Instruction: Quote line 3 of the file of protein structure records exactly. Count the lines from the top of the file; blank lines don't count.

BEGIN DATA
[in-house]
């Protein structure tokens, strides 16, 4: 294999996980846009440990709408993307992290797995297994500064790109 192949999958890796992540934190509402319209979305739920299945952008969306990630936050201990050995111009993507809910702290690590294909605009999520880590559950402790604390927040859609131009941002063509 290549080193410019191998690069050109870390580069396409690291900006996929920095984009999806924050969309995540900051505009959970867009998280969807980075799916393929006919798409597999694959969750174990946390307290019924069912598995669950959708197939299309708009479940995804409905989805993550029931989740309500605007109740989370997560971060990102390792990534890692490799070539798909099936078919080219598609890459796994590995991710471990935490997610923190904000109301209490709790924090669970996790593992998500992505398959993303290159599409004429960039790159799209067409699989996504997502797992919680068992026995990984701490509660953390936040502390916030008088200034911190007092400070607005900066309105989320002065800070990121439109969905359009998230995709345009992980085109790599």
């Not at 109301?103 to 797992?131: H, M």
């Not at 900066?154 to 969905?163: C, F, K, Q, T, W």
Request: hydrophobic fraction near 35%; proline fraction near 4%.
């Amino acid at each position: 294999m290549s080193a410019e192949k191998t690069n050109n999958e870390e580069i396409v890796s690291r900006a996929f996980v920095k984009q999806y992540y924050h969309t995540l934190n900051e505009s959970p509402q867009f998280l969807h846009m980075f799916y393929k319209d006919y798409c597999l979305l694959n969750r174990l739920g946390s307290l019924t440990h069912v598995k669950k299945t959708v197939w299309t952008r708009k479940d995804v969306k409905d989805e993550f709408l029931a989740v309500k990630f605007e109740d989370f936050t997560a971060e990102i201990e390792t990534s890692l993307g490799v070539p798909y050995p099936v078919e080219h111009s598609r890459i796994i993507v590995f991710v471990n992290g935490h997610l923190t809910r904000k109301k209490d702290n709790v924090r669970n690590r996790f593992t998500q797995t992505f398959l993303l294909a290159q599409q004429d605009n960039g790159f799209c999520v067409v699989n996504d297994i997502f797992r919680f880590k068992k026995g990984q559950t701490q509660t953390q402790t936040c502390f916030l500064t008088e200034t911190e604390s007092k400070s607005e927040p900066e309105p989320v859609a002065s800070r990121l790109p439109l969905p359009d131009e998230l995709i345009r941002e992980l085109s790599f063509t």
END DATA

């Not at 109301?103 to 797992?131: H, M």